Greenville, SC – Alleged cop-killer Ray Kelly refused to wear civilian clothing and had to be carried into courtroom and restrained as he repeatedly interrupted the judge and loudly objected to court proceedings on Monday.
Kelly has been charged with 10 separate counts in connection with the 2020 death of Greenville County Sheriff’s Office (GCSO) Sergeant William “Conley” Jumper, to include murder, drug trafficking, and resisting arrest, WHNS reported.
During pretrial motions on Sept. 26, officials had to hoist the uncooperative defendant into the courtroom so he could be placed into his chair, according to the news outlet.
Kelly interrupted South Carolina Circuit Court Judge Ned Miller repeatedly to let him know that he “objects” to the trial and that he “will not have business” with the public defender the court had appointed to represent him, WHNS reported.
Miller assured Kelly that having legal counsel was to his benefit.
— Myra Ruiz (@MyraRuizNews) September 26, 2022
He also warned the alleged cop-killer at one point that if he continued to be “disruptive,” he could be bound and gagged or a stun belt could be placed on him, WSPA reported.
When the trial resumed after a break on Monday afternoon, Kelly was brought into the room strapped to a chair after he allegedly refused to leave his jail cell.
He also refused to give an opening statement, WSPA reported.
Kelly, who previously told the court he wanted to represent himself, announced at the end of the day that he wanted a public defender after all.
Ray Kelly’s repeated outbursts include statements like “Let the record reflect” “I do not understand the proceedings” “I am flesh and blood” “I am not a corporation” @foxcarolinanews pic.twitter.com/605aAEw5CR
— Myra Ruiz (@MyraRuizNews) September 26, 2022
His attorney asked the court to declare a mistrial and said she was not prepared to take part in the proceedings, but Miller refused to grant her request, WSPA reported.
During a prior court hearing in 2020, Kelly told the judge that he was “an American Nationalist” and that he was “not operating under the United States Constitution,” WYFF reported.
The circumstances leading up to Sgt. Jumper’s death began shortly before 3 p.m. on Oct. 20, the GCSO said in a press release at the time.
GCSO Master Deputy Jesse Wasserman testified on Monday that he spotted Kelly speeding down Interstate 85 while driving too close to the vehicle ahead of him, so he initiated a traffic stop, WSPA reported.
After the suspect pulled over to the side of the road, Deputy Wasserman approached his vehicle and noticed the odor of marijuana emanating from his car, according to his courtroom testimony.
Deputy Wasserman called for backup after Kelly provided him with a fake name, at which point Sgt. Jumper and another deputy responded to the scene, WSPA reported.
Dashcam and bodycam footage showed Kelly attempting to flee when Deputy Wasserman began arresting him.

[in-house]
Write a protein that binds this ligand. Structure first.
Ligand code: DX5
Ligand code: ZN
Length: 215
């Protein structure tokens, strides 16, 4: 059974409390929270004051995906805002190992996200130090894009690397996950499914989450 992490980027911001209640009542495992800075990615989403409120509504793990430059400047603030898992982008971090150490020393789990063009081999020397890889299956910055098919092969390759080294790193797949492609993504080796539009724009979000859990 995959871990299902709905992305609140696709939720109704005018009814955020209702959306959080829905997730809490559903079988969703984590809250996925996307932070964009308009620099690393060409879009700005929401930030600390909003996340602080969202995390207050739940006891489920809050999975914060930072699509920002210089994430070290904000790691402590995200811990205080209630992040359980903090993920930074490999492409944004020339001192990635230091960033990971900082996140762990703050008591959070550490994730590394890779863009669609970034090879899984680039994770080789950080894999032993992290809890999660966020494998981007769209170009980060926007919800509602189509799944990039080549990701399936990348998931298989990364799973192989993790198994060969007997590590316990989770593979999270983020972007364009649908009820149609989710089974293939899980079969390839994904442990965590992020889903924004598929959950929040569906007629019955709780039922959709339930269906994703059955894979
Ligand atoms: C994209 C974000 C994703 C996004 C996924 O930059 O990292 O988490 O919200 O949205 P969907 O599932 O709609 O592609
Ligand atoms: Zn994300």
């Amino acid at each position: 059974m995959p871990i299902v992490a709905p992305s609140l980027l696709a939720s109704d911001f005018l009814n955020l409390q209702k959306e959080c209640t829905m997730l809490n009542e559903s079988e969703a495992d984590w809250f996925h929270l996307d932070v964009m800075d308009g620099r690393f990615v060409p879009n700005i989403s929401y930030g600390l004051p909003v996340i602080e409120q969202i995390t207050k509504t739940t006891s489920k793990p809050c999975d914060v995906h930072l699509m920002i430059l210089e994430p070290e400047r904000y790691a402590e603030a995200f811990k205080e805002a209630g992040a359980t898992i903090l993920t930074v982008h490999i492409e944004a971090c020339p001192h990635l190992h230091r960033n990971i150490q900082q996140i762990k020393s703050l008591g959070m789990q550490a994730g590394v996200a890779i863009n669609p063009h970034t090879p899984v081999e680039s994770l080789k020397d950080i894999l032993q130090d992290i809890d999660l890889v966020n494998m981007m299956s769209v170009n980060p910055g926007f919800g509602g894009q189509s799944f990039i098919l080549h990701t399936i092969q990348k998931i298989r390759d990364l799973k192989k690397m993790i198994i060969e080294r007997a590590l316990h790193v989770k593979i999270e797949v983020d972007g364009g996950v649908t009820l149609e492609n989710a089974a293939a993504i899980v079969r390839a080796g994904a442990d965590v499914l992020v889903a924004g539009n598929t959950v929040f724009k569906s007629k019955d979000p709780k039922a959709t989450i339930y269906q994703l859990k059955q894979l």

The suspect allegedly jumped back into his car and pulled into traffic, dragging Sgt. Jumper along with him.
That’s when the sergeant was struck by a passing tractor-trailer, WSPA reported.
Sgt. Jumper, 52, and two of his fellow deputies all suffered injuries as a result of the incident and were rushed to a local hospital, as were two individuals from the suspect vehicle.
The sergeant “succumbed to his injuries and was ultimately pronounced deceased at the hospital,” the GCSO confirmed.
Our thoughts and prayers are with the family, friends and colleagues of Greenville County Sheriff’s Office Sergeant Conley Jumper who was killed in the line of duty. May God grant him eternal peace. #NeverForget pic.twitter.com/Ifx7Xks22X
— NYPD Chaplains Unit (@NYPDchaplains) October 24, 2020
Greenville County Sheriff Hobart Lewis said that Sgt. Jumper, a 28-year veteran of the GCSO, “was a man of integrity and passion” who “embodied the true essence of a public servant.”
“The man was as dedicated to the job as they come,” Sheriff Lewis said. “His uncanny leadership will be remembered by all.”
Sgt. Jumper “was larger than life, both literally and figuratively,” the sheriff continued. “At over 6’4” he was a gentle giant who always wore a contagious smile.”
The veteran deputy was assigned to GCSO’s Interdiction team at the time of his death, and received numerous awards throughout his storied career.
“He had more certifications and instructed more classes than anyone can count, and that’s because he always strived to be the best deputy he could be,” Sheriff Lewis noted.
Sgt. Jumper was “a tireless worker and a loving friend” who “had a heart of gold,” according to the sheriff. “He will be missed dearly by everyone who had the pleasure of knowing him.”
He was promoted from the rank of master deputy to sergeant posthumously.
Sgt. Jumper leaves behind his wife, Sarah, and his daughter, Kat, Sheriff Lewis said during a press conference shortly after his death.
He is also survived by his parents, sister, in-laws, “and an entire agency who is mourning the passing of a beloved friend,” the sheriff added.
A fundraising campaign established to assist Sgt. Jumper’s family in the wake of their loss raised a total of $53,000.